The case was filed in the New Jersey state courts and was removed to federal court. The district court granted a motion to remand the case back to the New Jersey courts. Even after remand, the Defendants sought sanctions for the assertion of what they believed were frivolous claims. The Defendant did not identify any particular pleadings that were filed in federal court that were frivolous. Therefore, it denied the motion.
The explanation: “Defendant does not point to a particular federal filing that forms the basis of its claims for sanctions. Instead, it refers to Plaintiffs’ state court filings, see Def. Sanctions Br. at 7 (referring to Plaintiffs’ arguments opposing Defendant’s motion to dismiss in state court), as well as representations made during discovery, see id.at 8 (referring to statements from Plaintiffs’ depositions). Defendant also highlights Plaintiffs'”refusal to withdraw these claims.” See id. at 8. However, the complained of conduct is not sufficient to demonstrate that Plaintiffs affirmatively advocated their positions in federal court. Since any doubt is resolved in favor of Plaintiffs, and since Defendant did not point to an affirmative pleading or other filing in federal court on which sanctions should be based, the Court will not impose sanctions on Plaintiffs. Therefore, Defendant’s motion for sanctions is denied.”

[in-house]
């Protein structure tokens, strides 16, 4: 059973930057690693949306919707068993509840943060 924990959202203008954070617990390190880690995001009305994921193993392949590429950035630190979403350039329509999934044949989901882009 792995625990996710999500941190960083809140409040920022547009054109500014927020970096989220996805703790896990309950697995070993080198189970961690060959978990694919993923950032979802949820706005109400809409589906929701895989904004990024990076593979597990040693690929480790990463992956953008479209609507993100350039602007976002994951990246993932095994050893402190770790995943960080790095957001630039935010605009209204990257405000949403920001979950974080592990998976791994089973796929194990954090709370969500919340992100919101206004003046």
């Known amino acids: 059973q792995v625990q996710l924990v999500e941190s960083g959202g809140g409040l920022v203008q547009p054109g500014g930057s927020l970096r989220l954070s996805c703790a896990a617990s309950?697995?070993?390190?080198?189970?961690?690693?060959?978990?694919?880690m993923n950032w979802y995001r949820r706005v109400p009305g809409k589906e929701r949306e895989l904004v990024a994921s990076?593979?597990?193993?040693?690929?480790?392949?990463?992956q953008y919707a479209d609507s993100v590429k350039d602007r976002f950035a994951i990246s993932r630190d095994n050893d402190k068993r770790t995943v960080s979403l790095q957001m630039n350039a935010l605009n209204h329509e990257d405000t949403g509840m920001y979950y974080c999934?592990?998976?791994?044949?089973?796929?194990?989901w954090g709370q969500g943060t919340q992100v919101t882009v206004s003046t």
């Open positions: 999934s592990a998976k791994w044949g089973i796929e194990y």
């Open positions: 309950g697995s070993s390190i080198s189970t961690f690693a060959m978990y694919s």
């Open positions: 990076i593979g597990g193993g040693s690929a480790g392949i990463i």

If you are seeking sanctions, be as precise as possible as to what conduct was sanctionable. Otherwise your motion may meet the same fate that this one did.
Source: MAKWANA v. MEDCO HEALTH SERVICES, INC., Dist. Court, D. New Jersey 2017 – Google Scholar